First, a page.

28       <element name = "RAM" type = "int"/>

29       </all>    

30       <attribute name = "manufacturer" type = "string"/>

31       </complexType> 

32       

33       <element name = "laptop" type = "computer:portable"/>

34       </schema> 

Fig. 14.14 | XML Schema document defining simple and complex types.

 

because it will be used to describe the clock speed of the processor in gigahertz. Simple types are restrictions of a type typically called a base type. For this simpleType, line 10 declares the base type as decimal, and we restrict the value to be at least 2.1 by using the minInclusive element in line 11.

 

Next, we declare a complexType named CPU that has simpleContent (lines 16–20).

 

Remember that a complex type with simple content can have attributes but not child ele-ments. Also recall that complex types with simple content must extend or restrict some XML Schema type or user-defined type. The extension element with attribute base (line 17) sets the base type to string. In this complexType, we extend the base type string with an attribute. The attribute element (line 18) gives the complexType an attribute of type string named model. Thus an element of type CPU must contain string text (because the base type is string) and may contain a model attribute that is also of type string.

 

Last, we define type portable, which is a complexType with complex content (lines 23–31). Such types are allowed to have child elements and attributes. The element all (lines 24–29) encloses elements that must each be included once in the corresponding XML instance document. These elements can be included in any order. This complex type holds four elements—processor, monitor, CPUSpeed and RAM. They are given types CPU, int, gigahertz and int, respectively. When using types CPU and gigahertz, we must include the namespace prefix computer, because these user-defined types are part of the computer namespace ( http://www.deitel.com/computer)—the namespace defined in the current document (line 7). Also, portable contains an attribute defined in line 30. The attribute element indicates that elements of type portable contain an attribute of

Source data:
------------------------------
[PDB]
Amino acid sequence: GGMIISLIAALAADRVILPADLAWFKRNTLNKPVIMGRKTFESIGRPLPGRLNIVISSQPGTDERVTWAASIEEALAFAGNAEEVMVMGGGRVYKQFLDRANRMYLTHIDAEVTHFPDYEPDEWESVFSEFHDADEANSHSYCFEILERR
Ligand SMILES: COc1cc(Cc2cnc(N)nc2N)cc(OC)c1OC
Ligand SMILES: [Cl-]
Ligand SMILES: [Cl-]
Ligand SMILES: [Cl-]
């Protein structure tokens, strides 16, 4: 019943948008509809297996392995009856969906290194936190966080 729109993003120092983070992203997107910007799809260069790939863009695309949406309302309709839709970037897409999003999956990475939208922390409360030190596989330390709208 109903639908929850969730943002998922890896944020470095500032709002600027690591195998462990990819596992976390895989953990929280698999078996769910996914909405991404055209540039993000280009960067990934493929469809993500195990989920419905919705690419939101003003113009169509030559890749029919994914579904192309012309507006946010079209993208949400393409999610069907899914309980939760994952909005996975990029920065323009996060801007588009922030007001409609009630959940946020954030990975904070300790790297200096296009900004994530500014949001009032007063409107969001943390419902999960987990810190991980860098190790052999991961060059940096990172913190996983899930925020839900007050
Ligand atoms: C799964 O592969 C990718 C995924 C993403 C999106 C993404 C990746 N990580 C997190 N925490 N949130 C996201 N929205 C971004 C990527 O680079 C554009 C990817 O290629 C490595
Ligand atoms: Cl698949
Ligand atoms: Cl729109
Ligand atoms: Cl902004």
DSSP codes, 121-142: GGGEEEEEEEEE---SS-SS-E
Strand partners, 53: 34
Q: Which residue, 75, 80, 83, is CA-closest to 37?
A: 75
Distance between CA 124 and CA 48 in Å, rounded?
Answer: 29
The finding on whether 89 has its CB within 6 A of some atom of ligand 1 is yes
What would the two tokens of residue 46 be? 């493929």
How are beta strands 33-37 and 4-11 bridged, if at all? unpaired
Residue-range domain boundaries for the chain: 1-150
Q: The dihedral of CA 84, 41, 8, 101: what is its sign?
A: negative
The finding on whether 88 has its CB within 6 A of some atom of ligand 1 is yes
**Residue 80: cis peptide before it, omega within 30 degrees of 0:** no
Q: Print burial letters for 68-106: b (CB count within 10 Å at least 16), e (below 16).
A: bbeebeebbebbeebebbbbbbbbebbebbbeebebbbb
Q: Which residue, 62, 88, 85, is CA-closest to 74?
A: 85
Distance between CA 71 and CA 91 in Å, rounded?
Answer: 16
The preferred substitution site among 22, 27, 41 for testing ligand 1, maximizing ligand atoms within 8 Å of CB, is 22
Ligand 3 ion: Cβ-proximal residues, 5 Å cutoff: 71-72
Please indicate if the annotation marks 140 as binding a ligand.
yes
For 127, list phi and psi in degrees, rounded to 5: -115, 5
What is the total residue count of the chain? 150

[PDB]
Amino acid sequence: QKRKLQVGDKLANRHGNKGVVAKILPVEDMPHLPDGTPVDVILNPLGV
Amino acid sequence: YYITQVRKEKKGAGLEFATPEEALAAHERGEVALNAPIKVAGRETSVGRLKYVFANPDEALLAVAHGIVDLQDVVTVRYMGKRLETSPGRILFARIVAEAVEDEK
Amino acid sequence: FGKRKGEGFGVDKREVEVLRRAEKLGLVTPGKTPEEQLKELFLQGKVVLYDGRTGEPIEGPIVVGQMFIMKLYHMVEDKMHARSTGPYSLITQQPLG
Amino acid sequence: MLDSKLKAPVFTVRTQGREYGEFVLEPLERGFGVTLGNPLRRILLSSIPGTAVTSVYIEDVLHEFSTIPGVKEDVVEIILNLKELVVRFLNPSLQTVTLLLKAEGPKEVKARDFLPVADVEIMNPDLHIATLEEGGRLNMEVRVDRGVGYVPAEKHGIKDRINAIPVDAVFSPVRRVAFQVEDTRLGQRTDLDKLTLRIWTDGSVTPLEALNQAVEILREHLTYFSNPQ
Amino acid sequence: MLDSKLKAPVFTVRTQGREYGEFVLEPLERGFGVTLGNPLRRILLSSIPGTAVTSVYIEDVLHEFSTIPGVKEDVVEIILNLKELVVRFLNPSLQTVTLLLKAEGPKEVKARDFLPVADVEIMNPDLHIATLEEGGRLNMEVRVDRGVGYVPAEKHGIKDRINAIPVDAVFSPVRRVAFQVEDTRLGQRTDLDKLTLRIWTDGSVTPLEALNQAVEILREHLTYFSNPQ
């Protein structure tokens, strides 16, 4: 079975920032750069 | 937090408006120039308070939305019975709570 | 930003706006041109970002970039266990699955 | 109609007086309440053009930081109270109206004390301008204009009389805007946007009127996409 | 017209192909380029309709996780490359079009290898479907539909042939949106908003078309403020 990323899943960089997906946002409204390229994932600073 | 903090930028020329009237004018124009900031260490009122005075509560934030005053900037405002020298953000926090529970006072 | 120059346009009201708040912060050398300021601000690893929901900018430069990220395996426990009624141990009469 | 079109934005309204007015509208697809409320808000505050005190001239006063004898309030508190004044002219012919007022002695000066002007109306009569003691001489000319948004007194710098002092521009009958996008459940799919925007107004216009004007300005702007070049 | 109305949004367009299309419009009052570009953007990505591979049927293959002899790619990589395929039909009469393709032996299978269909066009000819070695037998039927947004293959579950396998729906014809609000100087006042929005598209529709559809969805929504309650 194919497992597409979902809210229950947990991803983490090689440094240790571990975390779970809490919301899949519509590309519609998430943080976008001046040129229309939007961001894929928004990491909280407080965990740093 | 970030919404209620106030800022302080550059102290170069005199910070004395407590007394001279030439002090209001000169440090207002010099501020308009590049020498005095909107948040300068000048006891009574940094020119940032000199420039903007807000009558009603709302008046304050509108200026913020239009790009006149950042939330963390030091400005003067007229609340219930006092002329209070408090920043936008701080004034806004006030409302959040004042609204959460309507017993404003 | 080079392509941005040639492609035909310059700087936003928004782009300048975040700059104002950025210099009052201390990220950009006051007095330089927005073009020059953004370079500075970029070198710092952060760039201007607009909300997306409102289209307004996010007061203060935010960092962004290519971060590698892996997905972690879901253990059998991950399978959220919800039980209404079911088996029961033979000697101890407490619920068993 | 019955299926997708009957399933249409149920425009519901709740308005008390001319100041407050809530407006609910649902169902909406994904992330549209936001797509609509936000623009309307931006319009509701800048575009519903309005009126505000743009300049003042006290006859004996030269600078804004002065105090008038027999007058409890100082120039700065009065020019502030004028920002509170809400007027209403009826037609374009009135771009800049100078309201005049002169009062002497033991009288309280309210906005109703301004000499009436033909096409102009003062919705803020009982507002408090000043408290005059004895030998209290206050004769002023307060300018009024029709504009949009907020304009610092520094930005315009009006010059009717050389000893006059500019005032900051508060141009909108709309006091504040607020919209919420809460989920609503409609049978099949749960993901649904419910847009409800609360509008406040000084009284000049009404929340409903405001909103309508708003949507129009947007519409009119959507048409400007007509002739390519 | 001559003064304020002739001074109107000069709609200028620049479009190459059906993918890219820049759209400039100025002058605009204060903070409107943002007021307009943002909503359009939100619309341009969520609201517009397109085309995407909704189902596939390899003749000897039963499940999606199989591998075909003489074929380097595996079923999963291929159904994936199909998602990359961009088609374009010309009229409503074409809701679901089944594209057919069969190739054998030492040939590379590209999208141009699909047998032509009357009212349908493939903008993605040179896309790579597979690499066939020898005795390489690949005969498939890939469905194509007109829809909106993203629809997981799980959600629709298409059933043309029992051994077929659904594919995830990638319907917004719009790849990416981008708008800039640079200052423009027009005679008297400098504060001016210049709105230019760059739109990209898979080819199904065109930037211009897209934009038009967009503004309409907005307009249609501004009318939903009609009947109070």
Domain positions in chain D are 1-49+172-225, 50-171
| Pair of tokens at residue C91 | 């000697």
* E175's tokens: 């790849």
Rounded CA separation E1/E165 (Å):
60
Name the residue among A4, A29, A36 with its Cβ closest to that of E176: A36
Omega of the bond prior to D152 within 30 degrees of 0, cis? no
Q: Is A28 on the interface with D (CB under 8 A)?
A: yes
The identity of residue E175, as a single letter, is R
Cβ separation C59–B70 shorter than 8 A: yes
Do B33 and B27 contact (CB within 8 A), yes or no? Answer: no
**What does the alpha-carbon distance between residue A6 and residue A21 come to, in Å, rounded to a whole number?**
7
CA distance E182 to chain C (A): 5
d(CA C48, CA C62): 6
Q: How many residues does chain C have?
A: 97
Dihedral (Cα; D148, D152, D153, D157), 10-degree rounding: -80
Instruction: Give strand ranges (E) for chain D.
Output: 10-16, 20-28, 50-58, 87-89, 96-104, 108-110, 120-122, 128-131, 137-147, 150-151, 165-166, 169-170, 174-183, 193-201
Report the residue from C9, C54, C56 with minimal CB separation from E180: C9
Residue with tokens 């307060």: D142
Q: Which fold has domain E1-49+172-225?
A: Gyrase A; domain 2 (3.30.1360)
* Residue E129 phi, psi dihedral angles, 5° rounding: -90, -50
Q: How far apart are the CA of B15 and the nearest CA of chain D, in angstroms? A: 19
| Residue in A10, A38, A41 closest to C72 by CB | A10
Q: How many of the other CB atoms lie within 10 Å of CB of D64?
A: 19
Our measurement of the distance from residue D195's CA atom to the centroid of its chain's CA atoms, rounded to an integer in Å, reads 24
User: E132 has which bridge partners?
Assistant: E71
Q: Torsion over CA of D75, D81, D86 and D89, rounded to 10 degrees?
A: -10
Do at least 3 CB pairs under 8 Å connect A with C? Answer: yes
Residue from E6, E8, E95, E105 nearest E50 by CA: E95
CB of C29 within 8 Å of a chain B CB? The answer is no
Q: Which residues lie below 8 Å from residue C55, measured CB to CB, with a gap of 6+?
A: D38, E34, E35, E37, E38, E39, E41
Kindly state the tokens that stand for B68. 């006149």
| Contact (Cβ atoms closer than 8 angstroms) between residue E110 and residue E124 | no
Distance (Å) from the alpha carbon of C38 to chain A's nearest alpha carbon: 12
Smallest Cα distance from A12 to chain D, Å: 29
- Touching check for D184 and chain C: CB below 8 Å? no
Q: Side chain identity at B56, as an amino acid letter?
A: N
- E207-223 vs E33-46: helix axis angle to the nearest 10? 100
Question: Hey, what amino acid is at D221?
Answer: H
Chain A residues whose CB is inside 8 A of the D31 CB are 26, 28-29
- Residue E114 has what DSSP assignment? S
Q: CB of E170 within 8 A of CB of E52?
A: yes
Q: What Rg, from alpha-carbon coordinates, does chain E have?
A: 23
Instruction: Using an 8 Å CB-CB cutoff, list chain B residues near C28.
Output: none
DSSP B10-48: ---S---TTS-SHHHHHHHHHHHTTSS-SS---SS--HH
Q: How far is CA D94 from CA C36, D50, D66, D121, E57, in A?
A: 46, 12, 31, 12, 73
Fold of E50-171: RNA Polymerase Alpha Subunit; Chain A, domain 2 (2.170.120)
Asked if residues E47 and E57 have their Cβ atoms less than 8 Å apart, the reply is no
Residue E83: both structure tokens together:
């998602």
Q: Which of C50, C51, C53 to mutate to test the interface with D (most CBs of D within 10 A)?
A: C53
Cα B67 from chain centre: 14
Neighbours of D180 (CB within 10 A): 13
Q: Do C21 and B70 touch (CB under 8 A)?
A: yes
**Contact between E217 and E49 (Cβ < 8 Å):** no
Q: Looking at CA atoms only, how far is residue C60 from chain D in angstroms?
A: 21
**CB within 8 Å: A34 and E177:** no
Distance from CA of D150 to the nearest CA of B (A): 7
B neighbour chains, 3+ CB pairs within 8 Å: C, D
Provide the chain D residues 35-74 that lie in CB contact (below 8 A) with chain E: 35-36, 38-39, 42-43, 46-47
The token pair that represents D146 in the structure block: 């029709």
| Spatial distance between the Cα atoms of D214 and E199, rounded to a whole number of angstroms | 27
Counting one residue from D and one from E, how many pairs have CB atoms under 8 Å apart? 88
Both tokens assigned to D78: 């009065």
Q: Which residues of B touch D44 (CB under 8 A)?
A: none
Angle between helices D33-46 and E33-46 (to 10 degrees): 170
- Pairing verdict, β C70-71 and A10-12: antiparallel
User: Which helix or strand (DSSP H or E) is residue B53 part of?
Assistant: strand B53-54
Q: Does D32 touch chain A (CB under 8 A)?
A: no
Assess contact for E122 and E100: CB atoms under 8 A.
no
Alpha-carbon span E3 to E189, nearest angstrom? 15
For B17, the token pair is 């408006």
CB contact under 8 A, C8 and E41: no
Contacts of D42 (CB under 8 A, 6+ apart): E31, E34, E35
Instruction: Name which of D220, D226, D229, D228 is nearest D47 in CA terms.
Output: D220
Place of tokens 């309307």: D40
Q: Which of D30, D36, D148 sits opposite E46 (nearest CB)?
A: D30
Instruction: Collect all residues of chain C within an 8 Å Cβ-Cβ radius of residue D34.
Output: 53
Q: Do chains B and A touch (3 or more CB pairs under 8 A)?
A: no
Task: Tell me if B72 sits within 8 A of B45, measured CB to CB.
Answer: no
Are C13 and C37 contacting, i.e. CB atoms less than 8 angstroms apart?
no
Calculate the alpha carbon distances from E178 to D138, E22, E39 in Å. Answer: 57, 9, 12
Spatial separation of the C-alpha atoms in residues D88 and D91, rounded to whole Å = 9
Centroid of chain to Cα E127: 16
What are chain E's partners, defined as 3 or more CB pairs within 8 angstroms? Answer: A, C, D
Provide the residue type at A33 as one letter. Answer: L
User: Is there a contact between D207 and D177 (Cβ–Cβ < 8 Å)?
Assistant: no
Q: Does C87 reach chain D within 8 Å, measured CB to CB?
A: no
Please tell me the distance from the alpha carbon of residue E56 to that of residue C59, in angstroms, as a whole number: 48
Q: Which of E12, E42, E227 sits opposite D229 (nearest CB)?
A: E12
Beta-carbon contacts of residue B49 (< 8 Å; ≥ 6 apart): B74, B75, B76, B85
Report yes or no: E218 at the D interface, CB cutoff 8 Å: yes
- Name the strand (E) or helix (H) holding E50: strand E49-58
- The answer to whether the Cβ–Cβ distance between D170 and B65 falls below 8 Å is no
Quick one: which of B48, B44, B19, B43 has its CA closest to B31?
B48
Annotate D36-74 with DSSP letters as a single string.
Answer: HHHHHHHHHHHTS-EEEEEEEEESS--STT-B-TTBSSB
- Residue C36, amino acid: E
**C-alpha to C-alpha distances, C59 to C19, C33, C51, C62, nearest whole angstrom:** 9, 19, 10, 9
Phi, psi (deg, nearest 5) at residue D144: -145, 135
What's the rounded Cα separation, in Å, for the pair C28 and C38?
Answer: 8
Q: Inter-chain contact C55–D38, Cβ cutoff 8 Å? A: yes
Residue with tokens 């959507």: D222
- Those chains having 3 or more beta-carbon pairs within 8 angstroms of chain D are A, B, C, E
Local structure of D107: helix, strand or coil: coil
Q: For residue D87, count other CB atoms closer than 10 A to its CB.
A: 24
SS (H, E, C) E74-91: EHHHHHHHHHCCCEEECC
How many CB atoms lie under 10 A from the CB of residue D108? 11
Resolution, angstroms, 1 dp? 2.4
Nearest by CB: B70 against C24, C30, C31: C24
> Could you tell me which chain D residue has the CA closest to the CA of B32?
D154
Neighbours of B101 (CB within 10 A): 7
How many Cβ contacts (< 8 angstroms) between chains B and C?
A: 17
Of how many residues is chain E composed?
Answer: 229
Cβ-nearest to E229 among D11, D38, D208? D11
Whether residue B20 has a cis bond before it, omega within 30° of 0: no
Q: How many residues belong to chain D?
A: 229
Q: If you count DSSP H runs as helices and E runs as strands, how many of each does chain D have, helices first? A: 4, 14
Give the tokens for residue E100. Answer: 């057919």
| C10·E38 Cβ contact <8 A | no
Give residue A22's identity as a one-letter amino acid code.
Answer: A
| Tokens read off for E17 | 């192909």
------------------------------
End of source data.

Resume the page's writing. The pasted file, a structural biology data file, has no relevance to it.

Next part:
type string named manufacturer.

 

Line 33 declares the actual element that uses the three types defined in the schema. The element is called laptop and is of type portable. We must use the namespace prefix

computer in front of portable.

 

We have now created an element named laptop that contains child elements processor, monitor, CPUSpeed and RAM, and an attribute manufacturer. Figure 14.15 uses the laptop element defined in the computer.xsd schema. Once again, we used an online XSD schema validator ( www.xmlforasp.net/SchemaValidator.aspx) to ensure that this XML instance document adheres to the schema’s structural rules.

 

Line 5 declares namespace prefix computer. The laptop element requires this prefix because it is part of the  http://www.deitel.com/computer namespace. Line 6 sets the

 

1        <?xml version = "1.0"?> 

2        

3        <!-- Fig. 14.15: laptop.xml   -->

4        <!-- Laptop components marked up as XML -->

5        <computer:laptop xmlns:computer = "http://www.deitel.com/computer"

6        manufacturer = "IBM">   

7        

8        <processor model = "Centrino">Intel</processor>

9        <monitor>17</monitor>   

10       <CPUSpeed>2.4</CPUSpeed>

11       <RAM>256</RAM> 

12       </computer:laptop> 

Fig. 14.15 | XML document using the laptop element defined in computer.xsd.

 

laptop’s manufacturer attribute, and lines 8–11 use the elements defined in the schema to describe the laptop’s characteristics.

 

This section introduced W3C XML Schema documents for defining the structure of XML documents, and we validated XML instance documents against schemas using an online XSD schema validator. Section 14.7 discusses several XML vocabularies and dem-onstrates the MathML vocabulary. Section 14.10 demonstrates the RSS vocabulary.